Slow Blogging is a rejection of immediacy. It is an affirmation that not all things worth reading are written quickly, and that many thoughts are best served after being fully baked and worded in an even temperament.
Slow Blogging is speaking like it matters, like the pixels that give your words form are precious and rare. It is a willingness to let current events pass without comment. It is deliberate in its pace, breaking its unhurried stride for nothing short of true emergency. And perhaps not even then, for slow is not the speed of most emergencies, and places where beloved, reassuring speed rules the day will serve us best at those times.
Slow Blogging is a reversal of the disintegration into the one-liners and cutting turns of phrase that are often the early lives of our best ideas. Its a process in which flashes of thought shine and then fade to take their place in the background as part of something larger. Slow Blogging does not write thoughts onto the ethereal and eternal parchment before they provide an enduring worth in the shape of our ideas over time.
Slow Blogging is a willingness to remain silent amid the daily outrages and ecstasies that fill nothing more than single moments in time, switching between banality, crushing heartbreak and end-of-the-world psychotic glee in the mere space between headlines. The thing you wished you said in the moment last week can be said next month, or next year, and you’ll only look all the smarter.
Slow Blogging is a response to and a rejection of Pagerank. Pagerank, the ugly-beautiful monster that sits behind the many folded curtains of Google, deciding the question of authority and relevance to your searches. Blog early, blog often, and Google will reward you. Condition your creative self to the secret frequency, and find yourself adored by Google; you will appear where everybody looks – in the first few pages of results. Follow your own pace and find your works never found; refuse Pagerank its favours and your work is pulled as if by riptide into the deep waters of undifferentiated results. Its twisted idea of the common good has made Pagerank a terrifying enemy of the commons, setting a pace that forbids the reflection that is necessary to move past the day to day and into legacy.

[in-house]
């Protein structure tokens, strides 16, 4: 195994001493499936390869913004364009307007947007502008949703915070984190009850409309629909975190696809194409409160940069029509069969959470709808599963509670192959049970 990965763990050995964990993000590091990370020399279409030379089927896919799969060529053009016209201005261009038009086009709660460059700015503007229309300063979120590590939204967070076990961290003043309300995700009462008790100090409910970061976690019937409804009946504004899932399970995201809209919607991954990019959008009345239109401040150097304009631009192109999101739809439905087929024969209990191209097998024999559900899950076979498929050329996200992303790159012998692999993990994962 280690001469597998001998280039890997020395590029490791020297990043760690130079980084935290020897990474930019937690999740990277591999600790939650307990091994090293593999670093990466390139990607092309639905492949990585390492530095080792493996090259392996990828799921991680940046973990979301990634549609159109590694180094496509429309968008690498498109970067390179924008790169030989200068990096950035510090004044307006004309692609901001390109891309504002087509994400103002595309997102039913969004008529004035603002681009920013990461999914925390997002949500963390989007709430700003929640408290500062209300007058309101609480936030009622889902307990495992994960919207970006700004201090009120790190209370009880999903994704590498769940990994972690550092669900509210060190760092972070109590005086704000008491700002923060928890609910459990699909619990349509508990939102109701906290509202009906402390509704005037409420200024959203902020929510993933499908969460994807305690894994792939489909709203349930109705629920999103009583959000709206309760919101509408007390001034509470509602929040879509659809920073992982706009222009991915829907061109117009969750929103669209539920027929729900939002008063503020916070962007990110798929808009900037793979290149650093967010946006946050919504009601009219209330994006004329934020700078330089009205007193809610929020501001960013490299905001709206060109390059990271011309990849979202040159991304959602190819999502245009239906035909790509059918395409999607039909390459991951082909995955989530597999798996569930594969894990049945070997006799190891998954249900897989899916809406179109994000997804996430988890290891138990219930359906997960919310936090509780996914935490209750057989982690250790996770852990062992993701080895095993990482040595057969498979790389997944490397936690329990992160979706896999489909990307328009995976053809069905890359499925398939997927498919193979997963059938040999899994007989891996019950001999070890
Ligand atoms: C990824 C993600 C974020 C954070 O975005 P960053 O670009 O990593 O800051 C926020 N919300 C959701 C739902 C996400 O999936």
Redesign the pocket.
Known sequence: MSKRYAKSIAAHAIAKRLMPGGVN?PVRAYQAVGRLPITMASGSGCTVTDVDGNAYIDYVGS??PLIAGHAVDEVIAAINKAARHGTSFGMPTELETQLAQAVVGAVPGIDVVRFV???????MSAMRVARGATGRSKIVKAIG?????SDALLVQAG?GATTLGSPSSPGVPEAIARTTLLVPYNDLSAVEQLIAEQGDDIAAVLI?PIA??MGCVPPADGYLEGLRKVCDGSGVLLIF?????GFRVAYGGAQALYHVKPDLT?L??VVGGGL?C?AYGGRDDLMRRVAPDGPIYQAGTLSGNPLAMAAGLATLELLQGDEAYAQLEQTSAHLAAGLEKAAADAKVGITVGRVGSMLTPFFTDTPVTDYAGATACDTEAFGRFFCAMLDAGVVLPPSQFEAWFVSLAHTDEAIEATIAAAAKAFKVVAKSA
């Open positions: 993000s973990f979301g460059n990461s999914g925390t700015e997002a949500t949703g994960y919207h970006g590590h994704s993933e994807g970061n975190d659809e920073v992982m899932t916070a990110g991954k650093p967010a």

Slow Blogging is the re-establishment of the machine as the agent of human expression, rather than its whip and container. It’s the voluntary halting of the light-speed hamster wheel dictated in rules of highly effective blogging. It is an imposition of asynchronous temporalities, where we do not type faster to keep up with the computer, where the speed of retrieval does not necessitate the same pace of consumption, where good and bad works are created in their own time.
The Manifesto is available in other languages through the generosity of readers around the world. See the Translations page for more.
What’s Your Slow Blogging Manifesto?
This is mine. What’s yours? What makes you want to feel alright about doing things at their own pace? What is the anthem for your slow movement on the web, why do you swim against the flow of fastness? Link or share your manifesto here; contact me for author access.
Media, Blogging, Open Access
In his "Slow Blog Manifesto," Todd Sieling outlines six imperatives for creating and disseminating meaningful content online. Opposed to both traditional media that print on a daily cycle and hyper-blogging practices that increase one's page rank, Sieling establishes a practice of Internet-based writing that is meant to use the medium for thoughtful and enduring social, cultural, and political interventions.